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Document Your Work with Excel's "Comments" Function

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11/17/2014

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Never Lose Track of a Spreadsheet Again

By Nate Moore, CPA, MBA, CMPE

If you've ever built a complex spreadsheet, set it aside, and then gone back to it several weeks later only to find you can't remember how the spreadsheet works or what assumptions were built into the logic, comments may be just the thing you're looking for. Excel makes it easy to document the contents of any cell by adding a comment. Here's how to do it.

Working with Comments
To add a comment to any cell, right-click the cell and choose "Insert Comment." Excel will bring up a small text box that includes the name that the Excel software is registered to and space to make a comment. When you're through entering a comment, click outside of the text box and Excel will enter the comment in the cell and add a comment indicator to the upper-right corner of the cell, as shown in Figure 1.

To see an existing comment, hover over the cell with the comment indicator. Excel will temporarily show the comment. To make the comment show when you aren't hovering over it, right-click the cell with the comment and choose "Show/Hide Comments." Excel will leave that comment visible on the screen until you right-click the cell again and choose "Hide Comment."

To edit an existing comment, right-click the cell with the comment and choose "Edit Comment." Just like adding a comment, you can click outside of the comment text box to exit the comment. You can also use the eight sizing boxes to change the shape of the comment text box. To delete a comment, right-click the cell and choose "Delete Comment."




Similar functionality is found on the "Review" tab in the Comments section, as shown in Figure 2. The Comments section includes buttons to move to the next or previous comment, an easy way to cycle through all of the cells with comments in a spreadsheet. The Comments section also includes a button to "Show All Comments" on the worksheet. To hide all of the comments, click "Show All Comments" again. Finally, to select all cells with comments, from the "Home" tab, choose "Find & Select" and then "Go To Special." The first option is Comments, as shown in Figure 3. Click OK to select all cells with comments.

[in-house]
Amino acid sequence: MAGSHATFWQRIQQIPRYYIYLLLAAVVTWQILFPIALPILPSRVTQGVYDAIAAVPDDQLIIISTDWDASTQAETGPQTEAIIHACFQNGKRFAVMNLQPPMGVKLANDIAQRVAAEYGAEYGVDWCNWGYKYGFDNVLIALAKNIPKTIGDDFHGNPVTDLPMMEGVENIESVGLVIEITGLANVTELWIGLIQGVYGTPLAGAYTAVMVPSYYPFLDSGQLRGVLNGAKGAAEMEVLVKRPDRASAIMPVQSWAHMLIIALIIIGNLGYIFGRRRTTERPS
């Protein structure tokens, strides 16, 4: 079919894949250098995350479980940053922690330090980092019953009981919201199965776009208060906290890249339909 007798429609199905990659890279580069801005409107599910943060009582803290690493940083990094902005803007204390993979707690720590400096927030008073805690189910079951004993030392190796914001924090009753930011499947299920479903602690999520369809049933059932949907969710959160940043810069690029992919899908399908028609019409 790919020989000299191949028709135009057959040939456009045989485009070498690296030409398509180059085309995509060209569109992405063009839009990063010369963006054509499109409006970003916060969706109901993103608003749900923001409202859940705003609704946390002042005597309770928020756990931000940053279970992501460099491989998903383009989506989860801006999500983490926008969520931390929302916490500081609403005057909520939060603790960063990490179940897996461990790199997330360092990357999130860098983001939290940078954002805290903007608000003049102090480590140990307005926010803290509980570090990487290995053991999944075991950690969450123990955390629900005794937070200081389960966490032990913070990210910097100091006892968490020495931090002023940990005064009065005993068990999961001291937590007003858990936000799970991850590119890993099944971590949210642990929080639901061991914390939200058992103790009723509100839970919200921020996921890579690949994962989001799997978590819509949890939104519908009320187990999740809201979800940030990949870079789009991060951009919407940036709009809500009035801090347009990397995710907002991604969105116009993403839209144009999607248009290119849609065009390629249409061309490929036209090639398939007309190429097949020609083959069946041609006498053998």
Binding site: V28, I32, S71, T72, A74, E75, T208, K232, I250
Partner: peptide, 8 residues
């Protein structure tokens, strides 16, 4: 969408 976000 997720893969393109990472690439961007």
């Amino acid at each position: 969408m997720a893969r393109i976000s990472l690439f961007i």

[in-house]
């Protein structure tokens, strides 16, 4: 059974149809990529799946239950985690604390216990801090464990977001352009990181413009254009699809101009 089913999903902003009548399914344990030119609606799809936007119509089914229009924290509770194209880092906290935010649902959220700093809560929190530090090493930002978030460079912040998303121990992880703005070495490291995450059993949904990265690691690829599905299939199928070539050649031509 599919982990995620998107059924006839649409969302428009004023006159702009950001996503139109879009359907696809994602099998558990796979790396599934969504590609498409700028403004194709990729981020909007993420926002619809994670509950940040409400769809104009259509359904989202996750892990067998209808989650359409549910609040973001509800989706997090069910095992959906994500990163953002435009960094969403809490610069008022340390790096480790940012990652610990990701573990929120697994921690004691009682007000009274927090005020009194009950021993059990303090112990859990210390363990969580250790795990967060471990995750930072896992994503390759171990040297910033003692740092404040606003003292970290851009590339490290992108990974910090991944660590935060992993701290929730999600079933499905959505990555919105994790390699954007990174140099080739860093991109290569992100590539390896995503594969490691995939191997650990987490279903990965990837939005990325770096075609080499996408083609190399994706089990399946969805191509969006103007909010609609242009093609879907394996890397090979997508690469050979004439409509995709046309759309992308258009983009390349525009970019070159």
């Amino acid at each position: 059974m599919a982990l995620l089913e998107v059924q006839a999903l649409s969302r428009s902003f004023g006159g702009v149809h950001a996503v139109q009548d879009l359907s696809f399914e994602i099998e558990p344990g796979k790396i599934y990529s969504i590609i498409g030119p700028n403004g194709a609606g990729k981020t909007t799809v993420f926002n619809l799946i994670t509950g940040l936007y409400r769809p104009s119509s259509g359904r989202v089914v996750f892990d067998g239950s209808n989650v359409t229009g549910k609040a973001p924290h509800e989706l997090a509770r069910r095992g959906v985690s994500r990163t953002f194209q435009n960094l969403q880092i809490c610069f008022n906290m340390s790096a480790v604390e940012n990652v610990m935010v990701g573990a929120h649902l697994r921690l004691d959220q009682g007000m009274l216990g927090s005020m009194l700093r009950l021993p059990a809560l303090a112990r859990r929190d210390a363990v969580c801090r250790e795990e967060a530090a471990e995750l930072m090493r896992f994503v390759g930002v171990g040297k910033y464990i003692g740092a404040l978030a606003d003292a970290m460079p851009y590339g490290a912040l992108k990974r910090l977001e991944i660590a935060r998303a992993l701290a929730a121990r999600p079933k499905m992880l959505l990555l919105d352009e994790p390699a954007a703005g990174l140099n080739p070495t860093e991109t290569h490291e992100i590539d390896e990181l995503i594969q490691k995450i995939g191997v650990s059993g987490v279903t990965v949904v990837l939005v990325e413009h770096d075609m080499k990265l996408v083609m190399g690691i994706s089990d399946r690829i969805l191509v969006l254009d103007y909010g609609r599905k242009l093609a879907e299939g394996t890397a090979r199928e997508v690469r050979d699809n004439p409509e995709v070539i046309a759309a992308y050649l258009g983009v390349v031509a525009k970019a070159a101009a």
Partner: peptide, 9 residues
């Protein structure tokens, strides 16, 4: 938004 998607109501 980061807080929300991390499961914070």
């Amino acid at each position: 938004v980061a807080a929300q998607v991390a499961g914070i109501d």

When to Use Comments
Comments are a great way to document spreadsheet elements to make it easier for you and for others to understand your spreadsheet at a later date. For example, you can use comments to:

  • Document where a specific number came from with a comment like "Per 2015 budget Rev. 2."
     
  • Explain logic or a formula, as in "This cell adds the salary, bonus, and taxable benefit cells to get gross compensation."
     
  • Remind yourself to do something, such as "Remember to update the FICA limit each year."
     
  • Post notes to other users who share the spreadsheet, as in "Nate, add your department here."

One helpful feature of comments is that even if you use "Show/Hide Comments" to display comments, they typically don't print when the spreadsheet is printed. Comments make it easy to document the spreadsheet without cluttering your printed final product. If you want to print comments, go to the "Page Layout" tab and click the small button at the bottom-right corner of the Page Setup area, as shown in Figure 4. There is an area for comments on the "Sheet" tab of the Page Setup window. The default is "None," but you can choose "At end of sheet" to print all comments at the end of a printed document or "As displayed on sheet" to print the comments as they appear on the worksheet. An example of comments printed at the end of a sheet is shown in Figure 5.

Be sure to get in the habit of using comments, particularly in complex spreadsheets, spreadsheets you don't use very often, or in spreadsheets you collaborate on. A few minutes spent documenting with comments now can make your spreadsheets more accurate and save hours of confusion down the road.


Nate Moore, CPA, MBA, FACMPE, writes custom SQL Server code to connect practice management data to Excel for data mining with practices throughout America. Nate's first book, Better Data, Better Decisions: Using Business Intelligence in the Medical Practice, was just published by MGMA. His free Excel Videos have been viewed more than 600,000 times and are available at mooresolutionsinc.com. Like PivotTableGuy on Facebook or follow PivotTableGuy on Twitter to be notified each time a new Excel Video is released.

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